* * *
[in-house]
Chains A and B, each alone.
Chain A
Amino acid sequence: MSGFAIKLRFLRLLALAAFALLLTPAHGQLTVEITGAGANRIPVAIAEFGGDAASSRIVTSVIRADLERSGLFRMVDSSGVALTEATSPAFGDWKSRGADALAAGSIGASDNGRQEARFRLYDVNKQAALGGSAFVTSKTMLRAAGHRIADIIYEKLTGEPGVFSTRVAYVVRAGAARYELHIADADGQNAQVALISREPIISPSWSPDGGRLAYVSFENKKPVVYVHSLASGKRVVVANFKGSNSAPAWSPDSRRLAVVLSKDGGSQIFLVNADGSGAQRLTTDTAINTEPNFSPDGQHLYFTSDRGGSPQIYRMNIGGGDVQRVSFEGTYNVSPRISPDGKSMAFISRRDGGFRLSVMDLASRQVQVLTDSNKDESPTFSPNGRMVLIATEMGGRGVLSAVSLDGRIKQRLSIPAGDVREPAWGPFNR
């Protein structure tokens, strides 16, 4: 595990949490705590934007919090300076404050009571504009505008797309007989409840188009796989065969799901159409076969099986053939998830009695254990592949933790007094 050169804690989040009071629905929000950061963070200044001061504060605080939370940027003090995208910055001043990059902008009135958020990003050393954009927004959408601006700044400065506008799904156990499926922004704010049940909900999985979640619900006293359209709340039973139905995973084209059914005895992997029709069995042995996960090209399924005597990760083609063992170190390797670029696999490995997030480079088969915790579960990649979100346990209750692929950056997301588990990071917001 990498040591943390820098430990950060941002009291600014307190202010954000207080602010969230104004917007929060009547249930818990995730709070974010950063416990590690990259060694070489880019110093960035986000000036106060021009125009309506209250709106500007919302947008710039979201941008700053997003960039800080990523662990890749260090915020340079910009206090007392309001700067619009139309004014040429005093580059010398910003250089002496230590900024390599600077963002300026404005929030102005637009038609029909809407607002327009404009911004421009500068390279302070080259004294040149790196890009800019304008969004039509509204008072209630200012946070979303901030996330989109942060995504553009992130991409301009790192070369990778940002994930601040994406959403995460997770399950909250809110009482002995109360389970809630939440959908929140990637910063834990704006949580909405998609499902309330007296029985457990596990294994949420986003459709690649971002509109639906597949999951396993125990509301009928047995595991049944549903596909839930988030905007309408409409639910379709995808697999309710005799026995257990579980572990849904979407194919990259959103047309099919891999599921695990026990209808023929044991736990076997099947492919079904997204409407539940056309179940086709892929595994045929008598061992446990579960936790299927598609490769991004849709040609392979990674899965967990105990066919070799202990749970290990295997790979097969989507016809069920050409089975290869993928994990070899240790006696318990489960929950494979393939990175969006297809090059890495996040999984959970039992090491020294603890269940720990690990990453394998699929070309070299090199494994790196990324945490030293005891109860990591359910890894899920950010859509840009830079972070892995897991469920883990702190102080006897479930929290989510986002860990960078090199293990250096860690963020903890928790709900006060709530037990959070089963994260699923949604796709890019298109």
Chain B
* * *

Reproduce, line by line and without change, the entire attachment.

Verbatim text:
[in-house]
Chains A and B, each alone.
Chain A
Amino acid sequence: MSGFAIKLRFLRLLALAAFALLLTPAHGQLTVEITGAGANRIPVAIAEFGGDAASSRIVTSVIRADLERSGLFRMVDSSGVALTEATSPAFGDWKSRGADALAAGSIGASDNGRQEARFRLYDVNKQAALGGSAFVTSKTMLRAAGHRIADIIYEKLTGEPGVFSTRVAYVVRAGAARYELHIADADGQNAQVALISREPIISPSWSPDGGRLAYVSFENKKPVVYVHSLASGKRVVVANFKGSNSAPAWSPDSRRLAVVLSKDGGSQIFLVNADGSGAQRLTTDTAINTEPNFSPDGQHLYFTSDRGGSPQIYRMNIGGGDVQRVSFEGTYNVSPRISPDGKSMAFISRRDGGFRLSVMDLASRQVQVLTDSNKDESPTFSPNGRMVLIATEMGGRGVLSAVSLDGRIKQRLSIPAGDVREPAWGPFNR
């Protein structure tokens, strides 16, 4: 595990949490705590934007919090300076404050009571504009505008797309007989409840188009796989065969799901159409076969099986053939998830009695254990592949933790007094 050169804690989040009071629905929000950061963070200044001061504060605080939370940027003090995208910055001043990059902008009135958020990003050393954009927004959408601006700044400065506008799904156990499926922004704010049940909900999985979640619900006293359209709340039973139905995973084209059914005895992997029709069995042995996960090209399924005597990760083609063992170190390797670029696999490995997030480079088969915790579960990649979100346990209750692929950056997301588990990071917001 990498040591943390820098430990950060941002009291600014307190202010954000207080602010969230104004917007929060009547249930818990995730709070974010950063416990590690990259060694070489880019110093960035986000000036106060021009125009309506209250709106500007919302947008710039979201941008700053997003960039800080990523662990890749260090915020340079910009206090007392309001700067619009139309004014040429005093580059010398910003250089002496230590900024390599600077963002300026404005929030102005637009038609029909809407607002327009404009911004421009500068390279302070080259004294040149790196890009800019304008969004039509509204008072209630200012946070979303901030996330989109942060995504553009992130991409301009790192070369990778940002994930601040994406959403995460997770399950909250809110009482002995109360389970809630939440959908929140990637910063834990704006949580909405998609499902309330007296029985457990596990294994949420986003459709690649971002509109639906597949999951396993125990509301009928047995595991049944549903596909839930988030905007309408409409639910379709995808697999309710005799026995257990579980572990849904979407194919990259959103047309099919891999599921695990026990209808023929044991736990076997099947492919079904997204409407539940056309179940086709892929595994045929008598061992446990579960936790299927598609490769991004849709040609392979990674899965967990105990066919070799202990749970290990295997790979097969989507016809069920050409089975290869993928994990070899240790006696318990489960929950494979393939990175969006297809090059890495996040999984959970039992090491020294603890269940720990690990990453394998699929070309070299090199494994790196990324945490030293005891109860990591359910890894899920950010859509840009830079972070892995897991469920883990702190102080006897479930929290989510986002860990960078090199293990250096860690963020903890928790709900006060709530037990959070089963994260699923949604796709890019298109």
Chain B